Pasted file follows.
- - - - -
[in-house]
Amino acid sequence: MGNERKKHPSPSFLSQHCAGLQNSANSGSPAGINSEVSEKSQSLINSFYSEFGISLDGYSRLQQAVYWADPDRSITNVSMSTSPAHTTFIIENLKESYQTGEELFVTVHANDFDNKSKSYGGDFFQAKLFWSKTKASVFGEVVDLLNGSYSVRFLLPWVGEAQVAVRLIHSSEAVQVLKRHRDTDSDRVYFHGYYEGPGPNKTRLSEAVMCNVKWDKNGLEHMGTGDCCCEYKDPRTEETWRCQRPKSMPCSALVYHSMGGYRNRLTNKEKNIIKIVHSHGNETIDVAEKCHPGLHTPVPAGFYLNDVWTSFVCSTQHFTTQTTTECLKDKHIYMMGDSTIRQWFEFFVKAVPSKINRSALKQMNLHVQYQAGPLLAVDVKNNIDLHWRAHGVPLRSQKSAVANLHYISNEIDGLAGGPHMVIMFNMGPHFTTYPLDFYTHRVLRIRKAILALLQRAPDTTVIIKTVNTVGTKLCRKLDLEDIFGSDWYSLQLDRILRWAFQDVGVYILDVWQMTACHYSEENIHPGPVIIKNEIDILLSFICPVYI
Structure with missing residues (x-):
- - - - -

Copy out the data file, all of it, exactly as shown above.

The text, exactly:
[in-house]
Amino acid sequence: MGNERKKHPSPSFLSQHCAGLQNSANSGSPAGINSEVSEKSQSLINSFYSEFGISLDGYSRLQQAVYWADPDRSITNVSMSTSPAHTTFIIENLKESYQTGEELFVTVHANDFDNKSKSYGGDFFQAKLFWSKTKASVFGEVVDLLNGSYSVRFLLPWVGEAQVAVRLIHSSEAVQVLKRHRDTDSDRVYFHGYYEGPGPNKTRLSEAVMCNVKWDKNGLEHMGTGDCCCEYKDPRTEETWRCQRPKSMPCSALVYHSMGGYRNRLTNKEKNIIKIVHSHGNETIDVAEKCHPGLHTPVPAGFYLNDVWTSFVCSTQHFTTQTTTECLKDKHIYMMGDSTIRQWFEFFVKAVPSKINRSALKQMNLHVQYQAGPLLAVDVKNNIDLHWRAHGVPLRSQKSAVANLHYISNEIDGLAGGPHMVIMFNMGPHFTTYPLDFYTHRVLRIRKAILALLQRAPDTTVIIKTVNTVGTKLCRKLDLEDIFGSDWYSLQLDRILRWAFQDVGVYILDVWQMTACHYSEENIHPGPVIIKNEIDILLSFICPVYI
Structure with missing residues (x-):